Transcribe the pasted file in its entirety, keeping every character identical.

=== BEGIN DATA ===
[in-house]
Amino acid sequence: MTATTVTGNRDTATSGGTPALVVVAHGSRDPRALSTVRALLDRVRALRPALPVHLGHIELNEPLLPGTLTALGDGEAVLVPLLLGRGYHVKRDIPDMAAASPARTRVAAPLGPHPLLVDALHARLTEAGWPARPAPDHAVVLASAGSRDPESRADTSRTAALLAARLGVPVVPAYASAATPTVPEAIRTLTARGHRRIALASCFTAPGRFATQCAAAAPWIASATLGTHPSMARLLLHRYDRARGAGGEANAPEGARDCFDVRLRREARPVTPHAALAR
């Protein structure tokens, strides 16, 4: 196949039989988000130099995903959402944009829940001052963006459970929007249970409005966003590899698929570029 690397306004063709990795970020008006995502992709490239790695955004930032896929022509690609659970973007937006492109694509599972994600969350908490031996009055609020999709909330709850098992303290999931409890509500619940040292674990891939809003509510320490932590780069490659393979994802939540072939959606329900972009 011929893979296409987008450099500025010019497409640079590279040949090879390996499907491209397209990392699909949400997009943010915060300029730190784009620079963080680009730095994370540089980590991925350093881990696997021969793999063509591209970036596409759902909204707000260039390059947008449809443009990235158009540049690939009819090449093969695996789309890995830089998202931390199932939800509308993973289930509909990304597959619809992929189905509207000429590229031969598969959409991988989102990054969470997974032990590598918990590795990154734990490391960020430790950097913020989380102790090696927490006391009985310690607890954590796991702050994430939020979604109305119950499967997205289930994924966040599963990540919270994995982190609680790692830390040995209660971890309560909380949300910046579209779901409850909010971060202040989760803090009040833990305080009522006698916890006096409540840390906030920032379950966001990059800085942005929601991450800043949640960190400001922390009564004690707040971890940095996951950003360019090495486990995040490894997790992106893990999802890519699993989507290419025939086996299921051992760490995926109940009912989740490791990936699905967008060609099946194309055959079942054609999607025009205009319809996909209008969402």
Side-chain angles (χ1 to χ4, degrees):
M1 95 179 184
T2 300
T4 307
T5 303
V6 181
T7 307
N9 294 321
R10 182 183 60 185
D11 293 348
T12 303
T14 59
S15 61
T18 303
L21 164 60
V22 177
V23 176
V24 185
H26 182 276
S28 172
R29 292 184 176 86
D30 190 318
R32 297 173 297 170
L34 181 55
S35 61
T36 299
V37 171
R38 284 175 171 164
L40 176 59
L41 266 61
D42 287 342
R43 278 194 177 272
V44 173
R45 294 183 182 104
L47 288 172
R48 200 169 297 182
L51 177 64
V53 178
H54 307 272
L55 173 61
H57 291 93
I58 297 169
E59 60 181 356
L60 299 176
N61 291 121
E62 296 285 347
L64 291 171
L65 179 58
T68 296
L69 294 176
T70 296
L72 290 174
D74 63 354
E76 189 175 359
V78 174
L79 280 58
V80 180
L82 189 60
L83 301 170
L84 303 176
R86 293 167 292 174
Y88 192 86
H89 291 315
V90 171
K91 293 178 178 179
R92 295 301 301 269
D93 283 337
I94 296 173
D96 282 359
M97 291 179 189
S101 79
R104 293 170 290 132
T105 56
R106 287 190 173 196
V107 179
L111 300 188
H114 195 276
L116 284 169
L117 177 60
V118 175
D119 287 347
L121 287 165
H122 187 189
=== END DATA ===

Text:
[in-house]
Amino acid sequence: MTATTVTGNRDTATSGGTPALVVVAHGSRDPRALSTVRALLDRVRALRPALPVHLGHIELNEPLLPGTLTALGDGEAVLVPLLLGRGYHVKRDIPDMAAASPARTRVAAPLGPHPLLVDALHARLTEAGWPARPAPDHAVVLASAGSRDPESRADTSRTAALLAARLGVPVVPAYASAATPTVPEAIRTLTARGHRRIALASCFTAPGRFATQCAAAAPWIASATLGTHPSMARLLLHRYDRARGAGGEANAPEGARDCFDVRLRREARPVTPHAALAR
């Protein structure tokens, strides 16, 4: 196949039989988000130099995903959402944009829940001052963006459970929007249970409005966003590899698929570029 690397306004063709990795970020008006995502992709490239790695955004930032896929022509690609659970973007937006492109694509599972994600969350908490031996009055609020999709909330709850098992303290999931409890509500619940040292674990891939809003509510320490932590780069490659393979994802939540072939959606329900972009 011929893979296409987008450099500025010019497409640079590279040949090879390996499907491209397209990392699909949400997009943010915060300029730190784009620079963080680009730095994370540089980590991925350093881990696997021969793999063509591209970036596409759902909204707000260039390059947008449809443009990235158009540049690939009819090449093969695996789309890995830089998202931390199932939800509308993973289930509909990304597959619809992929189905509207000429590229031969598969959409991988989102990054969470997974032990590598918990590795990154734990490391960020430790950097913020989380102790090696927490006391009985310690607890954590796991702050994430939020979604109305119950499967997205289930994924966040599963990540919270994995982190609680790692830390040995209660971890309560909380949300910046579209779901409850909010971060202040989760803090009040833990305080009522006698916890006096409540840390906030920032379950966001990059800085942005929601991450800043949640960190400001922390009564004690707040971890940095996951950003360019090495486990995040490894997790992106893990999802890519699993989507290419025939086996299921051992760490995926109940009912989740490791990936699905967008060609099946194309055959079942054609999607025009205009319809996909209008969402």
Side-chain angles (χ1 to χ4, degrees):
M1 95 179 184
T2 300
T4 307
T5 303
V6 181
T7 307
N9 294 321
R10 182 183 60 185
D11 293 348
T12 303
T14 59
S15 61
T18 303
L21 164 60
V22 177
V23 176
V24 185
H26 182 276
S28 172
R29 292 184 176 86
D30 190 318
R32 297 173 297 170
L34 181 55
S35 61
T36 299
V37 171
R38 284 175 171 164
L40 176 59
L41 266 61
D42 287 342
R43 278 194 177 272
V44 173
R45 294 183 182 104
L47 288 172
R48 200 169 297 182
L51 177 64
V53 178
H54 307 272
L55 173 61
H57 291 93
I58 297 169
E59 60 181 356
L60 299 176
N61 291 121
E62 296 285 347
L64 291 171
L65 179 58
T68 296
L69 294 176
T70 296
L72 290 174
D74 63 354
E76 189 175 359
V78 174
L79 280 58
V80 180
L82 189 60
L83 301 170
L84 303 176
R86 293 167 292 174
Y88 192 86
H89 291 315
V90 171
K91 293 178 178 179
R92 295 301 301 269
D93 283 337
I94 296 173
D96 282 359
M97 291 179 189
S101 79
R104 293 170 290 132
T105 56
R106 287 190 173 196
V107 179
L111 300 188
H114 195 276
L116 284 169
L117 177 60
V118 175
D119 287 347
L121 287 165
H122 187 189